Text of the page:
GLEN RIDGE, NJ — When Lori Robbins sat down to begin writing her second book, she decided the world of ballet would be a good backdrop for a murder mystery. The result, “Murder in First Position,” was released Nov. 24 by Level Best Books and is the first in a series of dance-related mysteries. Telling the story of a ballerina who is accused of the murder of a rival dancer, Robbins used her own experience in ballet as a starting point.
“I’m a former dancer, so I drew on my own experience,” the Glen Ridge resident said in a phone interview with The Glen Ridge Paper on Dec. 5. “Not for the murder part, that’s fictional. I love murder mysteries, and the performing arts are inherently dramatic.”
The main character, Leah Siderova, is nearing the end of her dance career and must clear her name of the crime committed. In what Robbins said is already a competitive field with a short window of time for dancers to be in their prime, murder raises the stakes even higher.
“Dancers have a personal and specific relationship to time that people in other careers don’t have,” she said. “You know your career is limited. The competition is unrelenting; there are only a certain number of spots in any given company. That’s very intense. You’re already in a high-stakes career with very few guarantees.”
Robbins’ knowledge of dance isn’t the only personal experience she used in the book. She is a Brooklyn native who later lived in Manhattan; unsurprisingly, New York City plays a huge role in the story. The plethora of performing arts schools and venues made it an easy choice for a setting.
“Anyone who knows New York will recognize landmarks,” Robbins said. “It’s the center of ballet. The studio I still go to is there (in the book) as a fictionalized version of the real place. And it’s the most dynamic place to set a mystery, with how you imagine getting around and how you might avoid people. Here, the density of the city that would make her anonymous is actually dangerous.”
As anyone who reads a mystery novel knows, the puzzle must be solved by the end. Robbins usually knows where she wants to go with the story when she creates an outline but doesn’t always stick to it.
“I start with the characters,” she said. “Sometimes I’ve realized that the killer fooled even me. The clues were all there, but it didn’t match, so I went back and changed it. I have an outline, but I’m not married to it.”
“Murder in First Position” is the first in a planned series of three novels, but Robbins is hoping to continue the series to five books to match the five ballet positions. The same protagonist will be featured, with supporting characters getting bigger roles and other relationships developing as the series goes on.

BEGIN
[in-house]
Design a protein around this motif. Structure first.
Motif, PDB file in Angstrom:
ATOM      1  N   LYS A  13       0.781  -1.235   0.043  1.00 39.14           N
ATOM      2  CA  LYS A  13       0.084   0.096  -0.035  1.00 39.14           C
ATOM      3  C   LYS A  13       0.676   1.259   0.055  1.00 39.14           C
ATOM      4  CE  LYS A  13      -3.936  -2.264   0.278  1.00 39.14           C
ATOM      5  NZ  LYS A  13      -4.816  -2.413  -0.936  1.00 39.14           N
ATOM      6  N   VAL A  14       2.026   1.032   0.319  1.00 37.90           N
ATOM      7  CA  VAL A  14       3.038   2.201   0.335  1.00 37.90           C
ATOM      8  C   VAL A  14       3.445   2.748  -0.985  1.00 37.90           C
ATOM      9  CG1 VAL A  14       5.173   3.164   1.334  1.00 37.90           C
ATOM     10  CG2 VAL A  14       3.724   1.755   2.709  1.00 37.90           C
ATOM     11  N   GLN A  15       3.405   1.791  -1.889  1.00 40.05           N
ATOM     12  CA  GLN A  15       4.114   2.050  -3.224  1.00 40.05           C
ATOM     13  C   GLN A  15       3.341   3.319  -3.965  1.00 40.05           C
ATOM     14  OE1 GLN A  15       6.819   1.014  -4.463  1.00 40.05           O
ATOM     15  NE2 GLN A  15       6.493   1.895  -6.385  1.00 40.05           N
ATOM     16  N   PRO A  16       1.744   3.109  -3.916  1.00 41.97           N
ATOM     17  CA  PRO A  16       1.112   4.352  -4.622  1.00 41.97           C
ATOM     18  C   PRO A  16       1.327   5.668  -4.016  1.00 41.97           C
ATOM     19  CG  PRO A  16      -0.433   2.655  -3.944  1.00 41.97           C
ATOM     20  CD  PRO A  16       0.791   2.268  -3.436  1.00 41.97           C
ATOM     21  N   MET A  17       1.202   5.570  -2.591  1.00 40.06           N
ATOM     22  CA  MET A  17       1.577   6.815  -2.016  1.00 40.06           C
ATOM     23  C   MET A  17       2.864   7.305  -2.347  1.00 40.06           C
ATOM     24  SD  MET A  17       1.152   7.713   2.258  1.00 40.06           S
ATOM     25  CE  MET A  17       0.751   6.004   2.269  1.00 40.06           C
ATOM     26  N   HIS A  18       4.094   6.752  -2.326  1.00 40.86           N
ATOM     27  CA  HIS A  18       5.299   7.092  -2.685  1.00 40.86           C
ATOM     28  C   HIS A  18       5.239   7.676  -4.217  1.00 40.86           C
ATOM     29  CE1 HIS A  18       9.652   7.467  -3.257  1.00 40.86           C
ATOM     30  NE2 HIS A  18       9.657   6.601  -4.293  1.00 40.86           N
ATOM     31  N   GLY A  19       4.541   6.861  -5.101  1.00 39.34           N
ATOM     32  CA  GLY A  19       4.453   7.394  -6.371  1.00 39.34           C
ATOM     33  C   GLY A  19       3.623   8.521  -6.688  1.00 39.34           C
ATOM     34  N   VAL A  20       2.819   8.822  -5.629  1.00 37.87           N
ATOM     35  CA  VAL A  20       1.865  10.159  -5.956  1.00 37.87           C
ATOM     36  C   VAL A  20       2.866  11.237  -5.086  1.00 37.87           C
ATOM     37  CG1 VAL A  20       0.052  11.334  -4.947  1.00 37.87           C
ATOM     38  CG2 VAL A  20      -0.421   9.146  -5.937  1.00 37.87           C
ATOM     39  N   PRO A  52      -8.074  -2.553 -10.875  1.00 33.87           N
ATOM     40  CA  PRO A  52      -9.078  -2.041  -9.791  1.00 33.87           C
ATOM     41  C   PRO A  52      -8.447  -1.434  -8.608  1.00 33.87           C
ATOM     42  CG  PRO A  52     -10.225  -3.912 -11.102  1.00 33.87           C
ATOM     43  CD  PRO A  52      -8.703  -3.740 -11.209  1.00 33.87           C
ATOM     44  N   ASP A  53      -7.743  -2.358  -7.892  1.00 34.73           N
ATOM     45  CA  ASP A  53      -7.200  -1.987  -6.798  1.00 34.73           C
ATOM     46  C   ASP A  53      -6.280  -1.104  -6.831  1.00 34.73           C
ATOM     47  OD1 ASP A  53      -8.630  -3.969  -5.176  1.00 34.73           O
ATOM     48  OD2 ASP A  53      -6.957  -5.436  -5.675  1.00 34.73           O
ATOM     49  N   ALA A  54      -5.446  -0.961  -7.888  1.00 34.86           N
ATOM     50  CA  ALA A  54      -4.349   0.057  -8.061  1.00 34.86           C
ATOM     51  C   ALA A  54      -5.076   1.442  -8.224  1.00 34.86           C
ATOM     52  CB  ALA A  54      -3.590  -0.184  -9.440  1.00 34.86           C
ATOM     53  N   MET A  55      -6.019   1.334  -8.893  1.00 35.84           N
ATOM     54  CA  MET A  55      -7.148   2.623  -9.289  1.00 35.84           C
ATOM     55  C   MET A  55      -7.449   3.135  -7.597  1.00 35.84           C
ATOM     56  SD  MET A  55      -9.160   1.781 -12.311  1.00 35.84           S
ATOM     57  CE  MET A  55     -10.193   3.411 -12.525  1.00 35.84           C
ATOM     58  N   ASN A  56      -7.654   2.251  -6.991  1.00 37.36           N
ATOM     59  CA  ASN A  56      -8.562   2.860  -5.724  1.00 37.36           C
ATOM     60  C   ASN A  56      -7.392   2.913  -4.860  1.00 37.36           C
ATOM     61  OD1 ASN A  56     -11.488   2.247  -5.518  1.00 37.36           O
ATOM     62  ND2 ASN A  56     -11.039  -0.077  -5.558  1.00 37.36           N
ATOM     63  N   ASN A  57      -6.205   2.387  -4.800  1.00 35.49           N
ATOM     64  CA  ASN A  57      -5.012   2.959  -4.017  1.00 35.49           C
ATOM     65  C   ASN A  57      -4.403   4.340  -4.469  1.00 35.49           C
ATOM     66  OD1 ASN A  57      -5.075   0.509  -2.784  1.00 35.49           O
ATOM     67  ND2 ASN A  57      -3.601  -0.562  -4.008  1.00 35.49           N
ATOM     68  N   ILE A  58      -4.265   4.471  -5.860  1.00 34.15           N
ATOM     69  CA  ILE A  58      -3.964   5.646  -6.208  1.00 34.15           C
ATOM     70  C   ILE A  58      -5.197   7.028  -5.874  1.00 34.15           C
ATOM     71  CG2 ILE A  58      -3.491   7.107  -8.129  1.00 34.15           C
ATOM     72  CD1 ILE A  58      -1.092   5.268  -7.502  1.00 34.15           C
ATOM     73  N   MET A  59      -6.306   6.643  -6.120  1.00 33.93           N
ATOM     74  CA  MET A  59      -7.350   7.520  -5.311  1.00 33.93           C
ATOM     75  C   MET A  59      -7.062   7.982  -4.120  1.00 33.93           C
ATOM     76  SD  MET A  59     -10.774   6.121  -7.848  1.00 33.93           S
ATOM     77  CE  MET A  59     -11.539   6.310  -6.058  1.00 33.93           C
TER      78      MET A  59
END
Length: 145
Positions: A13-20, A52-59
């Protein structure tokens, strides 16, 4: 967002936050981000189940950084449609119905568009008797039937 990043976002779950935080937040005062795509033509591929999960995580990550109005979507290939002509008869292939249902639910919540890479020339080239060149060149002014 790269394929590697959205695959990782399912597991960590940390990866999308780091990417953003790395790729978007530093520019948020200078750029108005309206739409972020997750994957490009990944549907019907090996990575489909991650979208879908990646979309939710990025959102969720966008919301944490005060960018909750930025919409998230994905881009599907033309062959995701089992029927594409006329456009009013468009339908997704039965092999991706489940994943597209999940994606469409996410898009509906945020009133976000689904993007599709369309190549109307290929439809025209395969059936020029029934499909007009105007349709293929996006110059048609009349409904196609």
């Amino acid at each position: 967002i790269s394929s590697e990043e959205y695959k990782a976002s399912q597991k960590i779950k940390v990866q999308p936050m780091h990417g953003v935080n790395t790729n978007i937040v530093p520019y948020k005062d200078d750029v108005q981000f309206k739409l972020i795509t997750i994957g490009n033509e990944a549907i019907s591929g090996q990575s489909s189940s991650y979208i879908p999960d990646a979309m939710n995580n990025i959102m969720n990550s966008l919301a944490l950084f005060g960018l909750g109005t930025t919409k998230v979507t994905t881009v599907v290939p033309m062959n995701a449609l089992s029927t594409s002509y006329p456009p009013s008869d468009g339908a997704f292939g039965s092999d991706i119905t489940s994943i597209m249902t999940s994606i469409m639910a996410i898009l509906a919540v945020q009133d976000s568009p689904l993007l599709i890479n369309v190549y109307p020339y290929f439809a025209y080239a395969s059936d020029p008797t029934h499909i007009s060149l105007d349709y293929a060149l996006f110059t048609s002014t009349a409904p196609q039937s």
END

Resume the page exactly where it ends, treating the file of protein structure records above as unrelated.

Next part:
“I didn’t want to put her back at square one,” Robbins said about the main character in the upcoming books. “She’s grown a lot. She has other relationships and family dynamics to explore. There’s a narrative arc that’s really important, but it’s still her story.”
Ninety years of Nancy Drew, 133 years of Sherlock Holmes and countless other mystery stories have proved that there is an eternal appetite for crime writing, whether fiction or nonfiction. Robbins thinks that in the current chaotic climate of everyday life, seeing a mystery solved is gratifying.
“At the end, there’s a resolution,” she said. “There’s a sense of justice being served. The world is crazy now, and I think there’s something satisfying about that.”
“Murder in First Position” can be purchased on Amazon, Bookshop.org, Google Books, IndieBound, Barnes & Noble and Books-a-Million. A portion of the proceeds from sales will be donated to ballet companies in New Jersey and New York — the New Jersey Ballet, Ballet Academy East and Heart in Motion — to help with COVID-19 recovery. Readers who want to contribute can email Robbins at firstname.lastname@example.org with proof of purchase and the name of one of the studios in the subject line. More information about Robbins’ work can be found at www.lorirobbins.com.
“I think mysteries give us a chance to live vicariously through them,” Robbins said. “It’s about someone who looks like you, an ordinary person in extraordinary circumstances. Not everyone will get onstage and perform. But everyone has been worried about a job or a boyfriend or their parents, or been afraid.”